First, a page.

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My Eating Disorders: Sumkinda History

October 17, 2017

I guess after finally “coming out” about my body issues, I thought of sharing how I arrived at the obsession I wrote about in my last entry. I mean, I wish I could say that my issues just came out recently, and that it took me less than a year to realize I had a problem, but I’ve been struggling with body image issues my whole life — almost 20 years worth of baggage.

 

My Dad’s pet name for me was “Bonjing” because I’ve always been a fat kid. I never took it seriously before because my Dad loved me, and cuddled me, and said I was his “pillow” — so fluffy daw and sarap to hug. I loved the attention. I loved being his “Bonj”.

 

 

But I recall I started getting affected when, on the dinner table, I was told I ate like a carpenter. My plate was overflowing with rice, I helped myself with a second, even a third serving. I don’t know why I ate so much, I guess I’ve always loved food, especially because my Mom’s an excellent cook. But I remember being on the dinner table, laughed with my family when I was told I ate like a carpenter, then cried shortly after I cleaned my plate and excused myself from the table. Then I started becoming aware of my size. I was eight years old.

 

During family reunions, I remember Titas telling my Mom and Dad, “Ang laki n’yang bata! (She’s such a big kid!)”, as if I couldn’t hear it. And ever since I can remember, almost every family dinner, I was the butt of the jokes for being the chubbiest kid. My size was a regular table topic. I had it the worst, and I just realized how bad the bullying was recently, when during a family get-together, I called out how badly I was treated as a kid, and my cousin affirmed it — “Yeah, Lai. You were really so kawawa.” And during the dinners, I really did my best to laugh along with my family. I didn’t want to be a party pooper, but found myself crying in my room a few minutes later.

 

In sixth grade, I remember having my first crush EVER break my heart when he called me, “Baboy (Pig).” I will never forget it because I wrote it down on my diary, with the ink all smudged up because of my tears. That’s when I really started believing it. In my mind, I started thinking, “People don’t like fat people.” Then my weight became my worth. I was twelve.

 

When I was in high school, I remember having a crush on another boy (let’s call him James), and a mutual friend (let’s call him Bobby) played the “bridge”. I didn’t even like James that much; he was just a happy crush. But Bobby was persistent in making some kind of special friendship happen, so he went ahead and kind of hinted to James that I liked him. Bobby came back to me reporting that James said, “Ok na sana si Laika kung pumayat lang siya (Laika would be fine if she just lost weight).”  That day, I looked at myself in the mirror and told myself I would have to shed the weight. I skipped breakfast, had some crackers for lunch, then just had water for dinner. I did 100 crunches every morning as soon as I woke up. Then for the first time (and thankfully the last) in my life, out of desperation, I had episodes of bulimia. I lost weight so rapidly, that in just a month, my uniform started falling from my waist. I had to pin it just to keep it from falling.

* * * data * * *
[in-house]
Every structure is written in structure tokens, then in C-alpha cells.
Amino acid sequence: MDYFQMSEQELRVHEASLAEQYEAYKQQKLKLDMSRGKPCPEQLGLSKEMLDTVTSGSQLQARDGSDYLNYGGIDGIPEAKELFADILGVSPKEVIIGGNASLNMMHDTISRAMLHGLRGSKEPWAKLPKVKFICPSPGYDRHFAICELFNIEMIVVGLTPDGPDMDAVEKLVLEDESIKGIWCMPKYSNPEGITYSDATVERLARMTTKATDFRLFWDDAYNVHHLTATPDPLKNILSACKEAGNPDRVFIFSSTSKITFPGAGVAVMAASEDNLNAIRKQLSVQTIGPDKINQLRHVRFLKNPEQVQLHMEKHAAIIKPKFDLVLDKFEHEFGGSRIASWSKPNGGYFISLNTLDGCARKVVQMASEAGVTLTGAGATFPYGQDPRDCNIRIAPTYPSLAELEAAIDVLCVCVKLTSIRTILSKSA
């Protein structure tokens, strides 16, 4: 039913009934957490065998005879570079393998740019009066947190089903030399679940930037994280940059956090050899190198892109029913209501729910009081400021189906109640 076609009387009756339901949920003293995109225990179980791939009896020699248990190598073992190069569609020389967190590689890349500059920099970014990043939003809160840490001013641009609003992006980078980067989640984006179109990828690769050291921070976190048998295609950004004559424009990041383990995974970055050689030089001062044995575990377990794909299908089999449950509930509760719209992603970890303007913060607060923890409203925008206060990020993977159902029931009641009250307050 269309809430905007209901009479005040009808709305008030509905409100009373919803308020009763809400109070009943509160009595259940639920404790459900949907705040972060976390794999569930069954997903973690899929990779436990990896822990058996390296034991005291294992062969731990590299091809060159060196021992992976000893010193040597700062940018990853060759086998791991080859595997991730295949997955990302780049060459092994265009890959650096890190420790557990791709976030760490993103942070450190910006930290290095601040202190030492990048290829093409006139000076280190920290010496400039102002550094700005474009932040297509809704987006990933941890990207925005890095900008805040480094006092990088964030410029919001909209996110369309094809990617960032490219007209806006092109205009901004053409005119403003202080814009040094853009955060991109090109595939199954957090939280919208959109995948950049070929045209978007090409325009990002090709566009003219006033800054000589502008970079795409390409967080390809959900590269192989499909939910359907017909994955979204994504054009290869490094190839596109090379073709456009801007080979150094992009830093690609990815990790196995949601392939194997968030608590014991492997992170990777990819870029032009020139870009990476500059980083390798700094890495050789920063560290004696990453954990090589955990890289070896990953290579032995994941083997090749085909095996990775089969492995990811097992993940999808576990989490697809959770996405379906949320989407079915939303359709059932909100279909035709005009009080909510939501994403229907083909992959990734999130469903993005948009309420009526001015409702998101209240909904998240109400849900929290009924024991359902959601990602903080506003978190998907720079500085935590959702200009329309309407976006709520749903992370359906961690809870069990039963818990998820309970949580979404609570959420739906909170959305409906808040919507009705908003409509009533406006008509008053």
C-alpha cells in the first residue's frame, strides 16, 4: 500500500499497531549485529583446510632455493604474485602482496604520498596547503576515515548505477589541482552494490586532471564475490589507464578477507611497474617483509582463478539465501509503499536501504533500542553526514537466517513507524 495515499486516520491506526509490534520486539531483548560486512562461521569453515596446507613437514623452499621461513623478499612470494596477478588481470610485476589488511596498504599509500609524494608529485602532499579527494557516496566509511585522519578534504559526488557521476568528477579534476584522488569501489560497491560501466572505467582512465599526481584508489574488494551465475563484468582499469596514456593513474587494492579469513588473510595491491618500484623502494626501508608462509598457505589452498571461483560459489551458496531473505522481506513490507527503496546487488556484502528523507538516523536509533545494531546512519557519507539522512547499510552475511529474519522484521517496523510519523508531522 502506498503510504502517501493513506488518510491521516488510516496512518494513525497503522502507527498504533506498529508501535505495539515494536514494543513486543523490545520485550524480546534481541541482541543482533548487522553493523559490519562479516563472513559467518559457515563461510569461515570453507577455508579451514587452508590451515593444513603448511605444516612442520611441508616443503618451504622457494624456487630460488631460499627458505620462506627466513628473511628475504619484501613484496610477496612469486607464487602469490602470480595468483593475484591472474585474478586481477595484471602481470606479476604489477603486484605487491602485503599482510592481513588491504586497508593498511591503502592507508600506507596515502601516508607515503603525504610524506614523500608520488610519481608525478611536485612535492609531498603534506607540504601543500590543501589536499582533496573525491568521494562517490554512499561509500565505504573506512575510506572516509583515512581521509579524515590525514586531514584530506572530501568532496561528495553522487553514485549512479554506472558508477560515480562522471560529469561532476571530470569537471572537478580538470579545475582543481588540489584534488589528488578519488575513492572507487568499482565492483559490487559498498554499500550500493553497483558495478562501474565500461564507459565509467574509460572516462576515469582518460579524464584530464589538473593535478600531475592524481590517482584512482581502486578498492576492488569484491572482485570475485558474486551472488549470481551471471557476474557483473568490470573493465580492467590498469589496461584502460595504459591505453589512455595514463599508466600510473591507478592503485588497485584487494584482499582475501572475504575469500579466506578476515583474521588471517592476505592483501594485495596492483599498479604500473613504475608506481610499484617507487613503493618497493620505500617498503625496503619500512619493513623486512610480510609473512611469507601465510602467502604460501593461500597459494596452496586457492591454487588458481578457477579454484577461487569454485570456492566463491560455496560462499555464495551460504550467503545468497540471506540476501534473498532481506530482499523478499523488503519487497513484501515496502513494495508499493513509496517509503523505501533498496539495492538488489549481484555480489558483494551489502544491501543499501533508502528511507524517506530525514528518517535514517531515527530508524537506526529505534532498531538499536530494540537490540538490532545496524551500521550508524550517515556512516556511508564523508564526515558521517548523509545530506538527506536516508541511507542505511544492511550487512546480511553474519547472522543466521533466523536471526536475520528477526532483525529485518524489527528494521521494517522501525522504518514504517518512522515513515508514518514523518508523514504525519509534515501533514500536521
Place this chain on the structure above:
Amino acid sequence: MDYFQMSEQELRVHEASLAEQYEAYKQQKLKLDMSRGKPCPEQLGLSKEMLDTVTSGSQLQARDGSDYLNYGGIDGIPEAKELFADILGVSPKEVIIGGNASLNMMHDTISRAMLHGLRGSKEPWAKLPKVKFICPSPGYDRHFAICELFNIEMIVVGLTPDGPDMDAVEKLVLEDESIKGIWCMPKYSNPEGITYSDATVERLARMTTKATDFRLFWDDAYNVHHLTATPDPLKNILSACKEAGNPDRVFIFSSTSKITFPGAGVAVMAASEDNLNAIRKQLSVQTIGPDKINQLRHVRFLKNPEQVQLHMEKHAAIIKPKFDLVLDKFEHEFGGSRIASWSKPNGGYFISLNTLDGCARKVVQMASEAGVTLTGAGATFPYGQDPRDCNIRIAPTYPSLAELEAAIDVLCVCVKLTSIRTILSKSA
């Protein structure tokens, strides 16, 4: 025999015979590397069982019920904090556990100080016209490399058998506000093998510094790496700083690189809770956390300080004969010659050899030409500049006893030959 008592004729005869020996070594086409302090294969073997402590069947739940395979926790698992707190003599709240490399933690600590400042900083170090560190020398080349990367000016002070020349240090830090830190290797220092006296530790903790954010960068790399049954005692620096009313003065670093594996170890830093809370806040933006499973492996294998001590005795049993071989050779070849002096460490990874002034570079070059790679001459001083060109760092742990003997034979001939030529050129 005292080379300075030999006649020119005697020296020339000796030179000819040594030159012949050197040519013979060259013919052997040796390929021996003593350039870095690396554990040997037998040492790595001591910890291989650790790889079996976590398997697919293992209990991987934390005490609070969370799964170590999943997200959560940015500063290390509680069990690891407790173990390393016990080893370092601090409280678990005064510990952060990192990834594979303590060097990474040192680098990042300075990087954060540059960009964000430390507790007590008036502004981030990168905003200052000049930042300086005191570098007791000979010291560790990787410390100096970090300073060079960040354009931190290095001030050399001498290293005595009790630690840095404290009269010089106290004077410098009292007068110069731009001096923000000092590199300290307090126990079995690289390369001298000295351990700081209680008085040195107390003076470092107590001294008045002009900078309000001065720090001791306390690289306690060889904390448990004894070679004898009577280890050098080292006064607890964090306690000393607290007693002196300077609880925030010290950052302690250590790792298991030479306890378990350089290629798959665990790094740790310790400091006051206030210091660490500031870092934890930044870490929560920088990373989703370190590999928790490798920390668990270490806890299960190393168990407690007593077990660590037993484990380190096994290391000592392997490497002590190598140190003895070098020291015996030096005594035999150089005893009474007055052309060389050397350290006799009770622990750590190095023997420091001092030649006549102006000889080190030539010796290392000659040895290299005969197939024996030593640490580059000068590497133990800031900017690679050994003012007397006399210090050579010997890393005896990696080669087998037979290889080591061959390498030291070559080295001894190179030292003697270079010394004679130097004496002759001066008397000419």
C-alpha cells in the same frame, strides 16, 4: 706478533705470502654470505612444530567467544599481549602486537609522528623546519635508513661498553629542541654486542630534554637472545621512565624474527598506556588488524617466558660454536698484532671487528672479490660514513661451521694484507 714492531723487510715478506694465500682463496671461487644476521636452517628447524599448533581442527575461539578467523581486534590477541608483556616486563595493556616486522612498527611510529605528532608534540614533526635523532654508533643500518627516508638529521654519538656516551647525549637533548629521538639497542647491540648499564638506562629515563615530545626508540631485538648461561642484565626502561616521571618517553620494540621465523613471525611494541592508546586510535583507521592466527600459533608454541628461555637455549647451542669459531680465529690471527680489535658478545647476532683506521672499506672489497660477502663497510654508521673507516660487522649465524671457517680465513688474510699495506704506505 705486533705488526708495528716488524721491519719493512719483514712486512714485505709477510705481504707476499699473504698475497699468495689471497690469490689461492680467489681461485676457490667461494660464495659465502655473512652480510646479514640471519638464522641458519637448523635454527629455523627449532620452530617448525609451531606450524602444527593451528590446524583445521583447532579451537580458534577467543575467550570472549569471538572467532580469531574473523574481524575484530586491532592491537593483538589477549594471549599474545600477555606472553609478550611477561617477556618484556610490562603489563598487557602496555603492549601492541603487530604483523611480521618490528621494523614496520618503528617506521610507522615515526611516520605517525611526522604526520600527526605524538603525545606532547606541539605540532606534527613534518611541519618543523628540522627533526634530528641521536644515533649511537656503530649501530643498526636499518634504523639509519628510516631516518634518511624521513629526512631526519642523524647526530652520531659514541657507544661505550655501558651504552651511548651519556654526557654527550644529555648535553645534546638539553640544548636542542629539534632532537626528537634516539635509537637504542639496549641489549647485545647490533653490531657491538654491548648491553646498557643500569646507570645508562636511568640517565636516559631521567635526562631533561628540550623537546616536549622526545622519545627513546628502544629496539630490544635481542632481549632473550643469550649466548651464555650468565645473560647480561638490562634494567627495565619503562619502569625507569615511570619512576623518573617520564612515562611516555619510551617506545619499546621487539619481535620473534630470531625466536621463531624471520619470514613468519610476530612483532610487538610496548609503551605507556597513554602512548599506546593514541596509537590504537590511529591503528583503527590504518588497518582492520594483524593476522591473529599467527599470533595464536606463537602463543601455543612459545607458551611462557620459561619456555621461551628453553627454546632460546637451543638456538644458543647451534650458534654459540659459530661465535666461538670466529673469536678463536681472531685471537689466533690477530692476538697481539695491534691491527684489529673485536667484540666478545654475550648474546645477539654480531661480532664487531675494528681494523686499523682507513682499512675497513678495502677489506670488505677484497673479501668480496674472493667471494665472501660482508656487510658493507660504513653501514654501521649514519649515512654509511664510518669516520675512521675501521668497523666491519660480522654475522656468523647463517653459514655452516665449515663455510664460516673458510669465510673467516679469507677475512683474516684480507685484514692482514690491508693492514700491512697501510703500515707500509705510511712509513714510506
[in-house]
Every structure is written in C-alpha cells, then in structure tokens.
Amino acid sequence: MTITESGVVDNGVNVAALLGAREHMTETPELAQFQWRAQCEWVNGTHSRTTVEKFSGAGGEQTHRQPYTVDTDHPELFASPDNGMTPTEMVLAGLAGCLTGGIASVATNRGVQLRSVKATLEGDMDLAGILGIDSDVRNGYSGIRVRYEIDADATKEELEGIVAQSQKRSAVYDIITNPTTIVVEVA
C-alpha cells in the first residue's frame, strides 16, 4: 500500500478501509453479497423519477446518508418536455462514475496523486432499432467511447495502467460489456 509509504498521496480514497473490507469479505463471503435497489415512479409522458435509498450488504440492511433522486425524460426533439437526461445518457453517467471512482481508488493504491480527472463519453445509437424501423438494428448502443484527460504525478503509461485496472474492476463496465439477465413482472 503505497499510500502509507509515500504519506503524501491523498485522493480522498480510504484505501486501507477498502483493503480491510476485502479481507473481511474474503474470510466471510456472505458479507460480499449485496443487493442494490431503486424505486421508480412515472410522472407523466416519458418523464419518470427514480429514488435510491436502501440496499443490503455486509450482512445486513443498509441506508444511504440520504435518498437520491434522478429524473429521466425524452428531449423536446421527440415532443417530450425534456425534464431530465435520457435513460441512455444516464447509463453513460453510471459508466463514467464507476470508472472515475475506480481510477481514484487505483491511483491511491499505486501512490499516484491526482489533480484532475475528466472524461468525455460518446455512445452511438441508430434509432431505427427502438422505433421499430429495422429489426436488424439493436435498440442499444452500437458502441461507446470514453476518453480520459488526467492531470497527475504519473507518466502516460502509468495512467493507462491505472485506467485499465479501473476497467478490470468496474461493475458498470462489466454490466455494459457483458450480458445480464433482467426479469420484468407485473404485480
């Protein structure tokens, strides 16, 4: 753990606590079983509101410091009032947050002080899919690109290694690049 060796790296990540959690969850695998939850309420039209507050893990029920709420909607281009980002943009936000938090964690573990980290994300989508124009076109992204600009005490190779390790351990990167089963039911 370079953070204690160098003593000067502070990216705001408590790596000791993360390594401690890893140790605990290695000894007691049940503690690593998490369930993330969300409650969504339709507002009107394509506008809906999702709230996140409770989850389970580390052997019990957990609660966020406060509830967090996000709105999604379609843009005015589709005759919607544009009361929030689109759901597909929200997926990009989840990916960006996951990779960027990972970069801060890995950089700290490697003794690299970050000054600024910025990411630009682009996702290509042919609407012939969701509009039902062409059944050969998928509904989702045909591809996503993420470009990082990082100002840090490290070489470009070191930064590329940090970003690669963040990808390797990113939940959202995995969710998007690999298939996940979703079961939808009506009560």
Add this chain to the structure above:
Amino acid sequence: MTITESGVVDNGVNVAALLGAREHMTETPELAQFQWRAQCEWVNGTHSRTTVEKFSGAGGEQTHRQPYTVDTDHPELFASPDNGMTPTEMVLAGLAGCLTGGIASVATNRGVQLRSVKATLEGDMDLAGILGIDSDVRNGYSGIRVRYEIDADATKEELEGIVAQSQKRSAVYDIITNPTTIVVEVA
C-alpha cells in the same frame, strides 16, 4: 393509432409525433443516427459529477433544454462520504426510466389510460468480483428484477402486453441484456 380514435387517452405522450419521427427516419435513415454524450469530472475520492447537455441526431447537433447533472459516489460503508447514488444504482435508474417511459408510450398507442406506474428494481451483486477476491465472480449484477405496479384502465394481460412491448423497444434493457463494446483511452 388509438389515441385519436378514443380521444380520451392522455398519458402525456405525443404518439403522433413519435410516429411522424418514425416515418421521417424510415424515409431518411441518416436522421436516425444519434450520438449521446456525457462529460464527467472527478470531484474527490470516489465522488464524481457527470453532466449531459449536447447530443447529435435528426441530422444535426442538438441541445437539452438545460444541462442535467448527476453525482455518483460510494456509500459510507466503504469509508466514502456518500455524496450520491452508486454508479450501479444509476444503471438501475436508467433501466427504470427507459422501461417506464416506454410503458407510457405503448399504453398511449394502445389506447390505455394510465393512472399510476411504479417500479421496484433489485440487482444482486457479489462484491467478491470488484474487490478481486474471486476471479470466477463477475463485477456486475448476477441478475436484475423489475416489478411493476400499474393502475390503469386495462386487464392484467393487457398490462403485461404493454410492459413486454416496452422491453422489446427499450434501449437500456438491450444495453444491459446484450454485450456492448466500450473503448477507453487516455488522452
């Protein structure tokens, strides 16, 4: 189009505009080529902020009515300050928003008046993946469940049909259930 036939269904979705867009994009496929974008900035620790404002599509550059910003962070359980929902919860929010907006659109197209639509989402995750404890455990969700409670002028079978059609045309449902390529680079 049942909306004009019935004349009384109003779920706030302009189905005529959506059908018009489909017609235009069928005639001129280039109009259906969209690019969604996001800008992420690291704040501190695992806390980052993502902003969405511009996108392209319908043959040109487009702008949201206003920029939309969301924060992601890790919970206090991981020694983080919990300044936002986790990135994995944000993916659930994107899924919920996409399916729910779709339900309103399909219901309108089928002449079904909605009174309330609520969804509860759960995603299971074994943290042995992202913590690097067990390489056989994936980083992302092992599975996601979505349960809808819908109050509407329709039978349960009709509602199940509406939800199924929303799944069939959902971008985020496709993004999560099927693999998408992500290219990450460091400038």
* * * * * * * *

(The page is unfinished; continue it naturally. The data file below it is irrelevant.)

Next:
Since then, I’ve been struggling with my self-image and self-esteem. My weight has been like sticky tar clinging onto my worth. When I’m at a certain weight, I feel happy and fine. But when I’m beyond the “okay” weight I dictate upon myself, my confidence plummets. I’ve had problems with cameras and mirrors most of my life. I wanted to avoid what I looked like because I felt happier not knowing. I disguised myself as carefree, and made people believe I just really didn’t care about my looks, but it was really because I was scared to face myself.

 

But I’m slowly realizing that this negative self-image I have is like a beast that I can tame. When I’m busy with other things that make me feel happy and fulfilled, I barely hear the voices of the beast. But during moments of weakness, it becomes so tempting to listen. Now I’m understanding that the best antidote is to fill myself with things and activities that are bigger than myself — to get out of my mind before I answer the urges of the beast. But I know I can’t live with this forever — I want to rid myself of the beast for good. I honestly don’t know how yet, but writing about it feels like a step in the right direction.

 

I’m not writing this to ask for pity or sympathy. And neither am I writing it to spite anyone involved in these stories. I honestly and truly believe that this all forms part of who I am today, and if not for these experiences, I’d be a different person. But writing this is teaching me more and more that we should always, always choose kindness. My Mom always says that if we have nothing good to say, then don’t say it at all. Words are powerful, and if the wrong words land on fragile ears and hearts, then there could be serious consequences. But if we instead choose to treat others with compassion and kindness, I honestly think there would be less sadness, less depression, less violence, and less loneliness in the world.

 

So today, I choose to accept my past, and look at it with a bit more light than darkness. Today, I choose kindness over anger. And someday, I’ll overcome my issues.

 

Until then, I remain changing for the better.

 

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